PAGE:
And Are We Yet Alive?
And Are We yet Alive?
“Leaving Bristol after preaching at five, in the evening I preached at Stroud; where, to my surprise, I found the morning preaching was given up, as also in the neighboring places. If this be the case while I am alive, what must it be when I am gone? Give up this, and Methodism too will degenerate into a mere sect, only distinguished by some opinions and modes of worship.”
John Wesley Journal- March 15, 1784
Wesley was distressed when the opportunities to share the Good News of Jesus Christ were not seized upon. The sharing of the Gospel was the heart and blood of Methodism from its inception. Engaging people in the matters of faith were first and foremost the work of Methodists; preachers, class leaders, men, women and children. Unfortunately, many Methodists today seem reluctant, ill at ease, ill equipped, or ill prepared to do that foundational and basic task. Or perhaps we’ve gotten distracted by other well intended things. Have we “given up?”
Every morning, every afternoon, every evening we are given opportunities to share the Good News. As we go about our daily lives, at grocery stores, car repair shops, the bank, the bridge table, the play ground, the break room, the restaurant, at home; we encounter people, colleagues, strangers, family members who need to know that God loves them. Perhaps we don’t deliver a formal sermon with three points and a closing prayer, but we do (or should) find a way to naturally talk about faith, hope, trust, assurance, peace, love, faithfulness. We live as if Christ were alive (we do believe in the resurrection don’t we?!)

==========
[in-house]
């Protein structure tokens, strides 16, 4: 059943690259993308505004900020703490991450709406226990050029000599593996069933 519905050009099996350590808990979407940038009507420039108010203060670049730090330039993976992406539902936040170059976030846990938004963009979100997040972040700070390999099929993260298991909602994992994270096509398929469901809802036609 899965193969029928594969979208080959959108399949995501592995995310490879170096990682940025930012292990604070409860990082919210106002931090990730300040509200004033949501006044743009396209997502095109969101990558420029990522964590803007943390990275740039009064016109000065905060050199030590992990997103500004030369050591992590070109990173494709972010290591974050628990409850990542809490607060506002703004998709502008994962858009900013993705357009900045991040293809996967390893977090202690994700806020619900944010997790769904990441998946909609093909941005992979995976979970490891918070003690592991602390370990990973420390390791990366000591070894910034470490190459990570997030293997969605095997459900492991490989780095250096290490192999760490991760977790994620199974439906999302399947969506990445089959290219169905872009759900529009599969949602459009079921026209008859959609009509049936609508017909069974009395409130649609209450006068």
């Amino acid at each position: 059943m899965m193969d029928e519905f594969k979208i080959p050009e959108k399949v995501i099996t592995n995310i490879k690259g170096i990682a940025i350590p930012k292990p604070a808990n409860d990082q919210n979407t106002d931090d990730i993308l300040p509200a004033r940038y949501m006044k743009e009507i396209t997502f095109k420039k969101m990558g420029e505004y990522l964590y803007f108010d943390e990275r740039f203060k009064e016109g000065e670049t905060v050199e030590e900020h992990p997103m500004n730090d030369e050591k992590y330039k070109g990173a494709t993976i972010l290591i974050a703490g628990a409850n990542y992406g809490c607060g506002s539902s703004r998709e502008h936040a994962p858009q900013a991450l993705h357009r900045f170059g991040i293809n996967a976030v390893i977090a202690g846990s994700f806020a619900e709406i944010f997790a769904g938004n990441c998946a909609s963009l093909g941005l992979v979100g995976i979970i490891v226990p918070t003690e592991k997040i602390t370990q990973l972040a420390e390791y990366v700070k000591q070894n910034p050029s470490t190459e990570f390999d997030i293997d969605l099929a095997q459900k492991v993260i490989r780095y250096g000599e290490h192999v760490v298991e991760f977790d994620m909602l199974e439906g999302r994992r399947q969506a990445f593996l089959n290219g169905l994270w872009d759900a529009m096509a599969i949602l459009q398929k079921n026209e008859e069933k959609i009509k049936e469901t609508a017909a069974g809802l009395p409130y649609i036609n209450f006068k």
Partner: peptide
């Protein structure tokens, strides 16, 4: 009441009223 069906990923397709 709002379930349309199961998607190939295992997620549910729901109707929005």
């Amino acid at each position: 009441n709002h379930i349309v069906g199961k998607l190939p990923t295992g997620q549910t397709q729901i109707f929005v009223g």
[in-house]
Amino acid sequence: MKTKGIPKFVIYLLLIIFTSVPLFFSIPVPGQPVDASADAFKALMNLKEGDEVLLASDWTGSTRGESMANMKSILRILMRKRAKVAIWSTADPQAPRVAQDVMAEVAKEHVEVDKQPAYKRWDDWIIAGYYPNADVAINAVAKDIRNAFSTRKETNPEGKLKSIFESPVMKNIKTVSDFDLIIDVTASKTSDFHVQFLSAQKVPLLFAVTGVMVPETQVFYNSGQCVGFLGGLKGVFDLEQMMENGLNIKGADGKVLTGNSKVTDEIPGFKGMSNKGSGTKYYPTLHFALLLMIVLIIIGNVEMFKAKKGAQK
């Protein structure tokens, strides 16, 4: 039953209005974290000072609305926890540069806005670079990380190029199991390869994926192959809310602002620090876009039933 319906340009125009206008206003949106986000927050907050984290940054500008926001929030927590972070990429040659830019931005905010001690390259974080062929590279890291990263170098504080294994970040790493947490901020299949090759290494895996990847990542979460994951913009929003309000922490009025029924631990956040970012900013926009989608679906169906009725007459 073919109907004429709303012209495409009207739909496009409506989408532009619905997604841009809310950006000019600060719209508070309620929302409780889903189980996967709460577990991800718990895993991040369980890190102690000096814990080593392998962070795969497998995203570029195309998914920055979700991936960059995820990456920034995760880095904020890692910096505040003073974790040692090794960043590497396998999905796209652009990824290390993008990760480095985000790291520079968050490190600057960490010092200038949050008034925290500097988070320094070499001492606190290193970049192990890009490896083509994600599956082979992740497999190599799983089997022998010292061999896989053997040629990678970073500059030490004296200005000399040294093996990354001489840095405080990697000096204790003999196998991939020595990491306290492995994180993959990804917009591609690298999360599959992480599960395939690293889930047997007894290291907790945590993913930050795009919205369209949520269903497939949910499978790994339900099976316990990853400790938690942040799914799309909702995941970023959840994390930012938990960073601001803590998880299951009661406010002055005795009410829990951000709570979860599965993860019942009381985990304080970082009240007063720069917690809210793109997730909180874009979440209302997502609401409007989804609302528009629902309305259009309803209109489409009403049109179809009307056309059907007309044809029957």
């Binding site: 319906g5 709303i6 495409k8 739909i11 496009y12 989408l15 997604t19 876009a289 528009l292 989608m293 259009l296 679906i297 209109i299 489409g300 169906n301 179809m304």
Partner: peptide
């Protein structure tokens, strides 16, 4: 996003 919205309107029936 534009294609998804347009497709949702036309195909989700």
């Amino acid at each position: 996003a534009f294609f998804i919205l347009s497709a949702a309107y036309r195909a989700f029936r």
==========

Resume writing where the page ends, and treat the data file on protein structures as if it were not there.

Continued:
There will be plenty of hype about the Super Bowl and Valentine’s Day this month. I have nothing against either celebration and will participate in both personally. However, there is something much more important for us to be about – sharing the Gospel to a broken world and to a child of God who is lost.
As we enter into the season of Lent and are reflective about our spiritual conditions, let us give thanks to God for the person who found a way to share the gospel with us. Let us find a way for us to be that person for someone else – then, we can claim to be truly Methodists.
David S. Naglee